Tuesday, August 4, 2015

Review: 'The Last Five Years'

"What doesn't kill us makes us stronger." Nietzsche's dictum, great for individuals seeking motivation, bad for couples incapable of masking mutual resentment. Case in point: Jason Robert Brown's The Last Five Years, now receiving a soulful production by 11th Hour Theatre Company, says critic Jim Rutter

Review: 'The Last Five Years'


By Jim Rutter

"What doesn't kill us makes us stronger." Nietzsche's dictum, great for individuals seeking motivation, bad for couples incapable of masking mutual resentment. Case in point: Jason Robert Brown's The Last Five Years, now receiving a soulful production by 11th Hour Theatre Company at University of the Arts' Caplan Center for the Performing Arts.

Brown's book chronologically separates the sung-through storylines of twentysomethings Jamie (Michael Philip O'Brien) and Cathy (Cara Noel Antosca); her narrative begins at the end of their failed five-year marriage and works backward, while he retells the story from the start. It's a clever, if at times confusing, device in which each character tells one side of the story, only interacting with the other in the number that signifies their engagement and wedding.

As he earns fame as a novelist, she struggles to gain parts in regional theater. Exasperation exhausts and indignation inflames, and each song begins with the promise of reconciliation before devolving into one more source of conflict.

O'Brien and Antosca deliver careful characterizations, but because of the contrast between her diminuitive frame and O'Brien's linebacker physique she appears cloying and nagging, and garners little sympathy, while his robust charisma makes it easy to root for his success. Both, however, offer superb renditions of Brown's varied, engagingly modulated score, which flows like a receding and swelling current of emotional depth under Tabitha Allen's musical direction.

Director Megan Nicole O'Brien emphasizes the lyrics' wistful, melancholy aspects, overlaying a "what could have been" feel to the stories while sacrificing some of the script's humor, or cheapening it with gaudy choreography.

But maybe that's the point. Brown based The Last Five Years on his own failed first marriage, and O'Brien presents the 85-minute musical as an evening-length lament, a reflecting pool of shared interpersonal failure.

Any smiles stem from sadness, a bliss born of basking in memory, if only we can remain strong enough to let Cathy's nostalgia remind us that yes, there was a pain once worth enduring.

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About this blog

Toby Zinman's night job since 2006 is theater critic for the Inquirer where she reviews New York and London as well as Philadelphia. Her day job: Prize-winning prof at UArts, author of five books about modern and contemporary drama, and doer of scholarly deeds (winner of five NEH grants, Fulbright lecturer at Tel Aviv University, visiting professor in China). She was recently named by American Theatre magazine "one of the twelve most influential critics in America."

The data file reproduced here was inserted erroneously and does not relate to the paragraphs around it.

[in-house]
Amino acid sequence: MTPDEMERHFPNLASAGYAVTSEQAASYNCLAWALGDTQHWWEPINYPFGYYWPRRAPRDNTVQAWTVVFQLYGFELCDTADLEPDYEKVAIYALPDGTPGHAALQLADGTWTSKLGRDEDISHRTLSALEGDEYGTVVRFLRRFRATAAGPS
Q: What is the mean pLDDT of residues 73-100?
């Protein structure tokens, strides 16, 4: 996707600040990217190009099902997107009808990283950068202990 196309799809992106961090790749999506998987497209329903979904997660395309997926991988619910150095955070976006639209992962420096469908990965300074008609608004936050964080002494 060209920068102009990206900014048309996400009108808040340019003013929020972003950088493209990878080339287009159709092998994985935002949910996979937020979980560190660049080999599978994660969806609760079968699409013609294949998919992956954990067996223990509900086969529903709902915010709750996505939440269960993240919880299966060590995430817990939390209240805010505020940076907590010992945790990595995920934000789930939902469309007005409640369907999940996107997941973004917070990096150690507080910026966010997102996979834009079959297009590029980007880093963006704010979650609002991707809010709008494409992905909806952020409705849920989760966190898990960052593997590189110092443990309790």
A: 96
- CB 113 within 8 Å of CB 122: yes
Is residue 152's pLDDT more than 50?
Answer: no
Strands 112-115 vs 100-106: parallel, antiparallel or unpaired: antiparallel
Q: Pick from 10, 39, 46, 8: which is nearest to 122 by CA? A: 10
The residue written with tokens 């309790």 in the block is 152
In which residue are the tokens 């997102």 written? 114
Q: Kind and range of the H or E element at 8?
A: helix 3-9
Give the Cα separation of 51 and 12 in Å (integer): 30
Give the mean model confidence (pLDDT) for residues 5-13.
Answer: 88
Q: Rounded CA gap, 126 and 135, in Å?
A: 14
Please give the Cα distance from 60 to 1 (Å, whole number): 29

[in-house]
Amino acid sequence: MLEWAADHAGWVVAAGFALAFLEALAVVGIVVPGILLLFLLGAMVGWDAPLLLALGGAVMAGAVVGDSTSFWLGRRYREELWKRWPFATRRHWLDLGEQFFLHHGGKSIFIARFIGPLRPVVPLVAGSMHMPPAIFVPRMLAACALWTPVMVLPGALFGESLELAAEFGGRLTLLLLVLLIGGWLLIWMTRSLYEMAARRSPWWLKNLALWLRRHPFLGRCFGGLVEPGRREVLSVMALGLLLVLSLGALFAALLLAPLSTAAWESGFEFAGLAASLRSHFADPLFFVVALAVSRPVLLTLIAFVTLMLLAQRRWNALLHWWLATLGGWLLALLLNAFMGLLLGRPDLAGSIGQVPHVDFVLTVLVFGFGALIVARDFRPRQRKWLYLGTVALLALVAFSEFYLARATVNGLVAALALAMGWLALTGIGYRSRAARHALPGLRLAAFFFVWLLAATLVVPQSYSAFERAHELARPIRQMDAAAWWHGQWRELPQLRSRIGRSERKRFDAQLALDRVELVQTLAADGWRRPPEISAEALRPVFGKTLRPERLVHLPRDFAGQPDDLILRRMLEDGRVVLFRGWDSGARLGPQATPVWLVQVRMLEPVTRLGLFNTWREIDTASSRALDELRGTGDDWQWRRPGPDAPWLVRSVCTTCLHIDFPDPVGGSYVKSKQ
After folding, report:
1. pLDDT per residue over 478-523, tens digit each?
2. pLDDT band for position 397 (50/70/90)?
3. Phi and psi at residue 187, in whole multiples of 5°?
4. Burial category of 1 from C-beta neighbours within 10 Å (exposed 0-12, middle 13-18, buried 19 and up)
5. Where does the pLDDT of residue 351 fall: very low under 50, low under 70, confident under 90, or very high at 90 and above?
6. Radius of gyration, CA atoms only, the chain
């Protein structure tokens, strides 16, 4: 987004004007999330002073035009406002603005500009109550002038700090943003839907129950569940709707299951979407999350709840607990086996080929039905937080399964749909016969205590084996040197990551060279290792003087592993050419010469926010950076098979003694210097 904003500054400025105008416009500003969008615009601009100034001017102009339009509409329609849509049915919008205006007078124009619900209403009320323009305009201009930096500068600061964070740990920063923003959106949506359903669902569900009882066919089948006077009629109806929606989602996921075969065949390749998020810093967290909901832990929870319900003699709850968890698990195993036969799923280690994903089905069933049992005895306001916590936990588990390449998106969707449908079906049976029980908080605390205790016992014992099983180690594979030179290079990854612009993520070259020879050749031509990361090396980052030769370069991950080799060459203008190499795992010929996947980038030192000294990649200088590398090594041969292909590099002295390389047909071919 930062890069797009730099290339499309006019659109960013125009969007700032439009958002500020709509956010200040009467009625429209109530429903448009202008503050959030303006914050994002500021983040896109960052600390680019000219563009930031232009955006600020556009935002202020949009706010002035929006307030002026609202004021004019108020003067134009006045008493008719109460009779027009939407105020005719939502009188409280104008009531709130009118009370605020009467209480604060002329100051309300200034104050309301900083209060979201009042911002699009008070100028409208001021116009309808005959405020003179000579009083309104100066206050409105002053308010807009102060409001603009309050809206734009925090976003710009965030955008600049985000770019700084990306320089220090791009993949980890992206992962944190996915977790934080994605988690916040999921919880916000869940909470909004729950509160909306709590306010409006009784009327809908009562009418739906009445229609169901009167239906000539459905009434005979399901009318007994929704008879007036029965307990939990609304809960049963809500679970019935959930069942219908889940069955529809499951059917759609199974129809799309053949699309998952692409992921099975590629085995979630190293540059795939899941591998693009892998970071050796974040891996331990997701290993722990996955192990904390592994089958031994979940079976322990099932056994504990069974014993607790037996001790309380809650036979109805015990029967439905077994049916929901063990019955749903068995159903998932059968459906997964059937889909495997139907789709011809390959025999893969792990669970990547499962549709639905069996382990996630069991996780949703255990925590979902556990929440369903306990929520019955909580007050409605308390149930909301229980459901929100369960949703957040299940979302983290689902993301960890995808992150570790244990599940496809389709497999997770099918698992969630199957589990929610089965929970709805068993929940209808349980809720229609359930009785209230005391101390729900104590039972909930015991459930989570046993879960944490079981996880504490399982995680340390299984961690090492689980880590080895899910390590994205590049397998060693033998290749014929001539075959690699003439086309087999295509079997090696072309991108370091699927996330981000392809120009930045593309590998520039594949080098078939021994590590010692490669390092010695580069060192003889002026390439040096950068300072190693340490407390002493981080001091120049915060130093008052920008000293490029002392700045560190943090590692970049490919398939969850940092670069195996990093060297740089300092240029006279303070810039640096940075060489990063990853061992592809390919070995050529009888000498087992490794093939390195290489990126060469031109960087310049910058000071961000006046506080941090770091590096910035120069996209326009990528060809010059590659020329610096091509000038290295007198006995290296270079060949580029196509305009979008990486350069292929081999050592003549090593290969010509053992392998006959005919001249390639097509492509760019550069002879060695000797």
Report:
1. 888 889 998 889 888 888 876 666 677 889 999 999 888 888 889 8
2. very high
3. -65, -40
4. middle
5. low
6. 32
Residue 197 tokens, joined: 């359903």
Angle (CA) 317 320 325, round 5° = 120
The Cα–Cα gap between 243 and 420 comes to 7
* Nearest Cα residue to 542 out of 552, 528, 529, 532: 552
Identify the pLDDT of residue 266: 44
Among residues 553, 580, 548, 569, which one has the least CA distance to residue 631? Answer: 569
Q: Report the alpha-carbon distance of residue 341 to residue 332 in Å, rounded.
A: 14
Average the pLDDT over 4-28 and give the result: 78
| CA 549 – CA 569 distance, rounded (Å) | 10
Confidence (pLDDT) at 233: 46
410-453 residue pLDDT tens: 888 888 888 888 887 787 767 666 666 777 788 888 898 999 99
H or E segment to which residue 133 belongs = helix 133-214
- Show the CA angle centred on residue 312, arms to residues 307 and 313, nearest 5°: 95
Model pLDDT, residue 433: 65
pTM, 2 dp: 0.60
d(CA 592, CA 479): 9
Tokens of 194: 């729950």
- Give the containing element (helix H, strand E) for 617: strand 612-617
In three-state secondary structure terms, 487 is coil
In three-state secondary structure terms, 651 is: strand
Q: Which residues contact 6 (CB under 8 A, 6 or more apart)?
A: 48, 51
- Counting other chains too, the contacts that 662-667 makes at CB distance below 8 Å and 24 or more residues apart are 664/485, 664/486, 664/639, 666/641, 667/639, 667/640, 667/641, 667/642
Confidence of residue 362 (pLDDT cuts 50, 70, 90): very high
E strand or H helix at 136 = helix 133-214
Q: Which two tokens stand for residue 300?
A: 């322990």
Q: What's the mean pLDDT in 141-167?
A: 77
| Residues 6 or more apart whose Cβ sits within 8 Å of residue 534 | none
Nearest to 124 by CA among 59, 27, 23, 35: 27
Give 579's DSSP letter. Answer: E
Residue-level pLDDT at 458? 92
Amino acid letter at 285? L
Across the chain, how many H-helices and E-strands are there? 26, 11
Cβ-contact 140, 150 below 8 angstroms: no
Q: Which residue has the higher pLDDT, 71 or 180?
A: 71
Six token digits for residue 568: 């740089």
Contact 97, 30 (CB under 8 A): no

Wendy Rosenfield has written freelance features and theater reviews for The Inquirer since 2006. She was theater critic for the Philadelphia Weekly from 1995 to 2001, after which she enjoyed a five-year baby-raising sabbatical. She serves on the board of the American Theatre Critics Association, was a participant in the Bennington Writer's Workshop, a 2008 NEA/USC Fellow in Theater and Musical Theater, and twice was guest critic for the Kennedy Center American College Theater Festival's Region II National Critics Institute. She received her B.A. from Bennington College and her M.L.A. from the University of Pennsylvania. She also is a fiction writer, was proofreader to a swami, publications editor for the Women's International League for Peace and Freedom, and spends all her free time working out and driving people places. Follow her on Twitter @WendyRosenfield.

Jim Rutter has reviewed theater for The Inquirer since September, 2011. Since 2006, he covered dance, theater and opera for the Broad Street Review, and has also written for many suburban newspapers, including The Main Line Times. In 2009, the National Endowment for the Arts awarded him a Fellowship in Arts Journalism. Thames & Hudson released his updated and revised version of Ballet and Modern Dance in June, 2012. From 1998 to 2005, he taught philosophy and logic at Drexel, and then Widener University. He also coaches Olympic Weightlifting for Liberty Barbell, and has competed at the national level in that sport since 2001.

Merilyn Jackson regularly writes on dance for The Inquirer and other publications. She specializes in the arts, literature, food, travel, and Eastern European culture and politics. In 2001, she was dance critic in residence at the Festival of Contemporary Dance in Bytom, Poland; in 2005, she received an NEA Critics’ Fellowship to Duke University’s Institute for Dance Criticism. She likes to say that dance was her first love but that when she discovered writing she began to cheat on dance. Now that she writes about dance, she’s made an honest woman of herself, although she also writes poetry.

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